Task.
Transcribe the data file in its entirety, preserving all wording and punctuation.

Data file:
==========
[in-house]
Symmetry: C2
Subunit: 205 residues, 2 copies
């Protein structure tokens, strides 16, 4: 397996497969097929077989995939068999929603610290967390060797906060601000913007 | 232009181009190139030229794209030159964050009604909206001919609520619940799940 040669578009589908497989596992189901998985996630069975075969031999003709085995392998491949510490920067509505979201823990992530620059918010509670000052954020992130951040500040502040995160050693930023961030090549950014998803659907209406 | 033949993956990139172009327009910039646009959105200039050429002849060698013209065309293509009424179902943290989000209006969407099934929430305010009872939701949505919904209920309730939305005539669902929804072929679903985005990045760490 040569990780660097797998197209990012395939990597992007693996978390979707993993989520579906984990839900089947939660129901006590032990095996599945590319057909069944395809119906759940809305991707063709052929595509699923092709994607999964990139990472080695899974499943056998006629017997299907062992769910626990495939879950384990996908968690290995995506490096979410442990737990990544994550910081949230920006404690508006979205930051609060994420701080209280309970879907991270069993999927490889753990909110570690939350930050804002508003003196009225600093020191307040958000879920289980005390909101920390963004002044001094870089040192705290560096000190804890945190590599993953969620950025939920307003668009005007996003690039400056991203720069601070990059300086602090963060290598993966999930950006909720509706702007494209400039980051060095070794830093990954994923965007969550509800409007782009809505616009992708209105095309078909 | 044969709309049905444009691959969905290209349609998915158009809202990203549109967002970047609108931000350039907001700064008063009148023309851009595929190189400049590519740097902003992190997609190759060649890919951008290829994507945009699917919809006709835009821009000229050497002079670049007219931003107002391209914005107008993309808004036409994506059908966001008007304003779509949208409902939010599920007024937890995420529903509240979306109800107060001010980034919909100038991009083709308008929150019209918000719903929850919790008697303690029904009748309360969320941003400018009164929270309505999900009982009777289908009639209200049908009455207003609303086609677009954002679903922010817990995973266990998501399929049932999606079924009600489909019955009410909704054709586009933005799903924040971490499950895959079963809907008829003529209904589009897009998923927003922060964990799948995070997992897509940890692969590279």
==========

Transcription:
[in-house]
Symmetry: C2
Subunit: 205 residues, 2 copies
């Protein structure tokens, strides 16, 4: 397996497969097929077989995939068999929603610290967390060797906060601000913007 | 232009181009190139030229794209030159964050009604909206001919609520619940799940 040669578009589908497989596992189901998985996630069975075969031999003709085995392998491949510490920067509505979201823990992530620059918010509670000052954020992130951040500040502040995160050693930023961030090549950014998803659907209406 | 033949993956990139172009327009910039646009959105200039050429002849060698013209065309293509009424179902943290989000209006969407099934929430305010009872939701949505919904209920309730939305005539669902929804072929679903985005990045760490 040569990780660097797998197209990012395939990597992007693996978390979707993993989520579906984990839900089947939660129901006590032990095996599945590319057909069944395809119906759940809305991707063709052929595509699923092709994607999964990139990472080695899974499943056998006629017997299907062992769910626990495939879950384990996908968690290995995506490096979410442990737990990544994550910081949230920006404690508006979205930051609060994420701080209280309970879907991270069993999927490889753990909110570690939350930050804002508003003196009225600093020191307040958000879920289980005390909101920390963004002044001094870089040192705290560096000190804890945190590599993953969620950025939920307003668009005007996003690039400056991203720069601070990059300086602090963060290598993966999930950006909720509706702007494209400039980051060095070794830093990954994923965007969550509800409007782009809505616009992708209105095309078909 | 044969709309049905444009691959969905290209349609998915158009809202990203549109967002970047609108931000350039907001700064008063009148023309851009595929190189400049590519740097902003992190997609190759060649890919951008290829994507945009699917919809006709835009821009000229050497002079670049007219931003107002391209914005107008993309808004036409994506059908966001008007304003779509949208409902939010599920007024937890995420529903509240979306109800107060001010980034919909100038991009083709308008929150019209918000719903929850919790008697303690029904009748309360969320941003400018009164929270309505999900009982009777289908009639209200049908009455207003609303086609677009954002679903922010817990995973266990998501399929049932999606079924009600489909019955009410909704054709586009933005799903924040971490499950895959079963809907008829003529209904589009897009998923927003922060964990799948995070997992897509940890692969590279």